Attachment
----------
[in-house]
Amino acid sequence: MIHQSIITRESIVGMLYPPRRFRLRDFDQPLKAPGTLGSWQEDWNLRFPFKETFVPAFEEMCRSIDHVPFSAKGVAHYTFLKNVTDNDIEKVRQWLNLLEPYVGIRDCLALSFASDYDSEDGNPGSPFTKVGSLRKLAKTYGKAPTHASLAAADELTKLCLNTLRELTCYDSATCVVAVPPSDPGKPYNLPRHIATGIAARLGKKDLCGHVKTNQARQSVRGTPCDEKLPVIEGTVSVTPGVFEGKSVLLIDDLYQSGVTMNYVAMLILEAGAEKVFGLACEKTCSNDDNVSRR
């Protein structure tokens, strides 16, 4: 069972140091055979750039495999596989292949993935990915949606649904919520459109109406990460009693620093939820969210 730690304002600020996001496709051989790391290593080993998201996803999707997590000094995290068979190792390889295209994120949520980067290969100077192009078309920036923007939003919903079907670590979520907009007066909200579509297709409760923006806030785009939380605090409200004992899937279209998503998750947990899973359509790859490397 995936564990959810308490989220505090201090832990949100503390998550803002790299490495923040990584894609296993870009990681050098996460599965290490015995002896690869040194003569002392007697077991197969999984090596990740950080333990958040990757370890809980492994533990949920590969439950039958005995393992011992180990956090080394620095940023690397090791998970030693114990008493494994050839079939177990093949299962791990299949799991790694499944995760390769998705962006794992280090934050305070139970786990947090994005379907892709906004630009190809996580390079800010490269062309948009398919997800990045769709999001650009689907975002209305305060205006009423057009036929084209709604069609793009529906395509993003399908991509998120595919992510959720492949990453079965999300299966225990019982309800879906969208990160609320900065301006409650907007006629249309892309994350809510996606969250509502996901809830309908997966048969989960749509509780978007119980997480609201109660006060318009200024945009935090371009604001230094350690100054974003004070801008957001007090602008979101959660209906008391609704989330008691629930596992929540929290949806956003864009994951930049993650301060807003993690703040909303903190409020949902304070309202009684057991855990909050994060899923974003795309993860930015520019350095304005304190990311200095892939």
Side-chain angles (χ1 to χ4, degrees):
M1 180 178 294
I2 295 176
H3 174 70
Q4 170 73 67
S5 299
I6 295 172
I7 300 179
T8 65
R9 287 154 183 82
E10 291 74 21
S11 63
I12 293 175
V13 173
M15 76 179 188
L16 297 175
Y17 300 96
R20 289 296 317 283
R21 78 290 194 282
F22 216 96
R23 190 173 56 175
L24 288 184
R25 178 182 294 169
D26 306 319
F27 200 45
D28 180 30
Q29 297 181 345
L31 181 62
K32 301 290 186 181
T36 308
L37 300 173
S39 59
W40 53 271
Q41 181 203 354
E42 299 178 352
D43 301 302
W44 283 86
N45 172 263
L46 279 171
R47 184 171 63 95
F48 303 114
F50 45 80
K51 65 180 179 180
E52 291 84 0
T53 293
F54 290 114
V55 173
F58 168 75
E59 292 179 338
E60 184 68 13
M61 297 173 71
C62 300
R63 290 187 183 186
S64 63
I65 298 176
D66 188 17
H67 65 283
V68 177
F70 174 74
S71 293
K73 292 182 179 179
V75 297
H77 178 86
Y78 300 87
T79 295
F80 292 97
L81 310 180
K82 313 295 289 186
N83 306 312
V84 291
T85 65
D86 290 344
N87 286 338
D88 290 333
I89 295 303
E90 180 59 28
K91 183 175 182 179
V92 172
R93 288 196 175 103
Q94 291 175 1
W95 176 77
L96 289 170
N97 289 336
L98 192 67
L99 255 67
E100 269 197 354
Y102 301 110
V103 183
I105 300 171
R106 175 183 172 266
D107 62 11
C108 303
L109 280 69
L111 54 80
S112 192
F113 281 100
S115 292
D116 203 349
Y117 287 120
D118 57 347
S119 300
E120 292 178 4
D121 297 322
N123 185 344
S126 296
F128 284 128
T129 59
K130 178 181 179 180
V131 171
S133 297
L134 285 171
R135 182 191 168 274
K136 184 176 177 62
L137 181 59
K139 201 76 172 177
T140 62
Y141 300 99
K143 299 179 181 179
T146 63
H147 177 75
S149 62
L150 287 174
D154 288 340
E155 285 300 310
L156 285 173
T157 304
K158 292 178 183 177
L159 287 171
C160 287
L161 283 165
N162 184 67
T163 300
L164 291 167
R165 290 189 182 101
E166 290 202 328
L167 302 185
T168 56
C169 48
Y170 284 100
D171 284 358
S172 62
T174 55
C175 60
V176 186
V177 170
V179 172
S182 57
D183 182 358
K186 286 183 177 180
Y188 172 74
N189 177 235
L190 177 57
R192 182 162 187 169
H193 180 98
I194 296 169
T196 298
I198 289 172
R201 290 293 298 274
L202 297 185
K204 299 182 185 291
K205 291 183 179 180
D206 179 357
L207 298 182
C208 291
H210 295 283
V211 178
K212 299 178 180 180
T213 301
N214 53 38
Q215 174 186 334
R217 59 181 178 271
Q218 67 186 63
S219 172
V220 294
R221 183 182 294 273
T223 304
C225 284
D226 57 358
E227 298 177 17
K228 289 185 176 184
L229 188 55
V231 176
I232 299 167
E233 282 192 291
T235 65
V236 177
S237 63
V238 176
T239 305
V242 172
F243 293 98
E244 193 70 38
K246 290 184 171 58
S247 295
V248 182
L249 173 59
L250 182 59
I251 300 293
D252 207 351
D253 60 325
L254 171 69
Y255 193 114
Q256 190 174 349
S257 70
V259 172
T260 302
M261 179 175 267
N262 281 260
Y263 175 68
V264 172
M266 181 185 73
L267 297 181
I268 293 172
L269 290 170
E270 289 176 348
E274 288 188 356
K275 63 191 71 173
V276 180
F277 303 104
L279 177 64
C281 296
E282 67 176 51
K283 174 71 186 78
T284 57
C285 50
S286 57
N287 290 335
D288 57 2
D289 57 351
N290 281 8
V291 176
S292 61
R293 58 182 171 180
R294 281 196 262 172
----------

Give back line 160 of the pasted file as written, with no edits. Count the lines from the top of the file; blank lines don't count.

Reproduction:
I198 289 172